some of us), if we crash we'll go out in a big way thanks
to the explosives on board.
Turns out the crew was able
to land the plane rather smoothly and without incident.
We were greeted by a dozen or so fire trucks and other emergency
crews. It was now closing in on 2:30 a.m. which meant our
chances of finding an inn were slim. We ended up bunking
in crew quarters -- something that is apparently against
Air Force rules --thanks to some finagling on the part of
our media escort, U.S. Army Reserve Sgt. Rick Scavetta.
Bandini called Channel 7
and I called The Sun Chronicle to tell them not to count
on us being back at the office anytime soon. The four of
us then shuffled off to bed after 3 a.m. for about four
On Thursday, though exhausted
and stressed out from days of little sleep and lots of work,
we set off to visit the ruins of a castle. It beat hanging
around the air terminal all day. We ended up spending hours
eating and enjoying a picture-perfect day at a superb hillside
caf'e9 just below the castle. Live it up, we figured. It's
our last day. We were wrong.
Again we checked in at 5
p.m. only to be told that the plane was again delayed and
this time, instead of having the luxury of an entire row
of plane seats to ourselves, the plane would be full. Omen
No. 10. Military, their families and retirees often use
the C-5 for transport.
"What about the explosives?"
we asked. Turns out it didn't matter. Families with children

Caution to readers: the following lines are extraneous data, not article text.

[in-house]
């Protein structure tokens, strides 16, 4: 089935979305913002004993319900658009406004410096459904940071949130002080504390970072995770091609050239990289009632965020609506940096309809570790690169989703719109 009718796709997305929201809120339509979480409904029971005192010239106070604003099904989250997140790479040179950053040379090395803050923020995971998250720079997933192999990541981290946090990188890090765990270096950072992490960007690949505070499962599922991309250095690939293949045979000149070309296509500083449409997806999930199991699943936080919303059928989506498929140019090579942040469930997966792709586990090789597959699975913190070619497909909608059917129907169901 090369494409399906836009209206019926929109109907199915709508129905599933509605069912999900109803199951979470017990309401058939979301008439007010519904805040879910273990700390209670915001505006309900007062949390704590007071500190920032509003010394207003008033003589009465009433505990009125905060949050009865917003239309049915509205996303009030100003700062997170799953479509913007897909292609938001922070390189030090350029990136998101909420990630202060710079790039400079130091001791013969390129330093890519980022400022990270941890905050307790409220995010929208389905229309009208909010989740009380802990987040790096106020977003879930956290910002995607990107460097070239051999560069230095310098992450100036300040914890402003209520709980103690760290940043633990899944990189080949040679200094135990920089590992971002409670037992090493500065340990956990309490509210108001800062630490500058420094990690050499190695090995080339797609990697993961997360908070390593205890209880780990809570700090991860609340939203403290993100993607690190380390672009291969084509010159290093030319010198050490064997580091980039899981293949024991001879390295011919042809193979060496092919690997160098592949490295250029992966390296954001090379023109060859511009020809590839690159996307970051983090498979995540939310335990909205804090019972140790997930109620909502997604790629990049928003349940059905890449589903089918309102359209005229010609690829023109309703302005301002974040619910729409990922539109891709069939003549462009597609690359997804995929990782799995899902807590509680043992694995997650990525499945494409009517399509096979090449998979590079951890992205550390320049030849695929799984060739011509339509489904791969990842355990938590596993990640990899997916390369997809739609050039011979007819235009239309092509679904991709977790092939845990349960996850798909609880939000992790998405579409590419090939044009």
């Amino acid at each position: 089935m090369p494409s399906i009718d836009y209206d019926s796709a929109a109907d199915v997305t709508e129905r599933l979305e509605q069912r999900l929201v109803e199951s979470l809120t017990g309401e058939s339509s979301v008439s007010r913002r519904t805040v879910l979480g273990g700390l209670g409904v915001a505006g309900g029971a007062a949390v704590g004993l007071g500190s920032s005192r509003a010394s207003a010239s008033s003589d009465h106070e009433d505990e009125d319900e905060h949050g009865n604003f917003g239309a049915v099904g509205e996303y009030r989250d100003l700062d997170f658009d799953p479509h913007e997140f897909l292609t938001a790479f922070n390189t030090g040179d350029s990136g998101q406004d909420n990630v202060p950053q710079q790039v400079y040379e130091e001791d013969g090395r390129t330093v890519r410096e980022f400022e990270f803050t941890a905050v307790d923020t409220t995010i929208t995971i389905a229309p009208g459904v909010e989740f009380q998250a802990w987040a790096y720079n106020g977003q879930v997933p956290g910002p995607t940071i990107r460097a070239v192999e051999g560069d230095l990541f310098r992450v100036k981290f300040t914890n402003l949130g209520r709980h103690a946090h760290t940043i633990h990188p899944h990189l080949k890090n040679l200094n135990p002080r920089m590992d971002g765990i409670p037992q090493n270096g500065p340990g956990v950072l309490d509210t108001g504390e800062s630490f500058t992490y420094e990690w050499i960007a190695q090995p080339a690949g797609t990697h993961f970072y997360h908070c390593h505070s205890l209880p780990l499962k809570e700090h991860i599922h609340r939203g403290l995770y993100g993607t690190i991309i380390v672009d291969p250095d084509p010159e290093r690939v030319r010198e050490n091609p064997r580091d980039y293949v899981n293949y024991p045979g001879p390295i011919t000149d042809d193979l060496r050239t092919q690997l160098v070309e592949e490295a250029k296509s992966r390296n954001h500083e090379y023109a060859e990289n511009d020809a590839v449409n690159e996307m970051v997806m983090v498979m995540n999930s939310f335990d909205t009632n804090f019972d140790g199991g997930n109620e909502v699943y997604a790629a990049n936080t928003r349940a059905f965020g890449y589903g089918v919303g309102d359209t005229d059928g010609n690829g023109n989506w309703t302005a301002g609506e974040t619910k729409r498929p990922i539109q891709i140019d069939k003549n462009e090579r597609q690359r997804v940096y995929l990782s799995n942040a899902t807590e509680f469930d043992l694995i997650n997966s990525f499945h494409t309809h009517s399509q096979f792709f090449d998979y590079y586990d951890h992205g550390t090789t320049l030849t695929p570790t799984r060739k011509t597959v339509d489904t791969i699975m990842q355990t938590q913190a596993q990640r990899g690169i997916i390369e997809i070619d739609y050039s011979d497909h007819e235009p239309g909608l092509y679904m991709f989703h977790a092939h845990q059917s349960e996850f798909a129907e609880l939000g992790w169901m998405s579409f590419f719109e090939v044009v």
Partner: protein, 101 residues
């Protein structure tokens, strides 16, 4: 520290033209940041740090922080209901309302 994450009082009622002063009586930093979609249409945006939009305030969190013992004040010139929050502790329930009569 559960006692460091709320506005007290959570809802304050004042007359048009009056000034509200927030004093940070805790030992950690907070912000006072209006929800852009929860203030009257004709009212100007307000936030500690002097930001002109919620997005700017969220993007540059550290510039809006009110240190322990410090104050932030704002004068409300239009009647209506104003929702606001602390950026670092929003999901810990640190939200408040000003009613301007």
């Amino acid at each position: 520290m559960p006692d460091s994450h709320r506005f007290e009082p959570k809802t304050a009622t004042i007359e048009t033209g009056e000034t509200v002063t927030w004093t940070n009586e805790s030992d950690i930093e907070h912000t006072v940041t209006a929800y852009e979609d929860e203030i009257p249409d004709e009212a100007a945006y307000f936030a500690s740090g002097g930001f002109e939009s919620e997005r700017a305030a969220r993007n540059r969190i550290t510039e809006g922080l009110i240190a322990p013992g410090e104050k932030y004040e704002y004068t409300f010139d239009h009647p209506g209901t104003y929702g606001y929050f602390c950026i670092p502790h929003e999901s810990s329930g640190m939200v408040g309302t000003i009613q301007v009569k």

simply sign a waiver and they, too, are good to go.
After hours of waiting around
we took a bus to what they call the `` hot pad'' where the
explosives are loaded. Again we waited. Finally the plane's
captain came out to tell us that this plane, too, wouldn't
be flying. The rear emergency door wouldn't open, he said.
No passengers allowed in the rear. Omen No. 11.
The scene back at the air
terminal was chaotic -- two pay phones and a hundred or
so people scrambling to call family, cabs, hotels. We learned
another C-5 was scheduled to take off Friday morning, spending
about six hours in the Azores, before continuing on to Dover.
Ground crew members, however, who we learned knew more about
the fickle ways of the C-5 than just about anyone else,
told us on the sly we'd be risking it. Getting out on a
C-5, apparently, wasn't meant to be.
If that one doesn't take
off, we'd be stuck in Germany until at least Saturday. Not
that that's a bad thing, but we knew we had jobs to get
back and besides, we were beginning to stink. By this time
we had run out of clean clothes and those we wore were splattered
over with thick red Kosovo mud. We were tired of hauling
our backpacks around along with WHDH's heavy TV equipment.
We were tired of spending hours in the air terminal, tired
of making late-night hotel arrangements and our money was
There was only one way out
-- go to Frankfurt and fly commercial. We phoned our offices
and within an hour or so The Sun Chronicle's ever-efficient
Danielle Fournier, with the blessing of our publisher Oreste
D'Arconte, had us booked on a last-minute Air France flight
from Frankfurt to Paris to Boston for Friday. WHDH, with
the help of Fournier, was able to book the same flight for
Bandini and Dang. We were able to get a room at the B&B.
Things were finally beginning to look up.
At the B&B the owner,
Anna, told us that a military officer waited for almost
two weeks last summer to leave Germany on a C-5. That made
us feel a little better.
On Friday morning our taxi
driver told us that our media escort, who had tried for
the 5 a.m. C-5, wasn't able to take off and was also on
his way to Frankfurt.
The flight to Paris was
smooth and comfortable. Drinks and snacks were served. When
the pilot announced in French "Welcome to Paris,"
we looked at each other and smiled. Finally, we were on
our way home.
THE SUN CHRONICLE'S Craig
Borges and Keith Nordstrom, and WHDH-TV's Caterina Bandini
and Trung Dang, returned to Boston from Germany Friday evening,
May 11, after covering local troops serving as NATO peacekeepers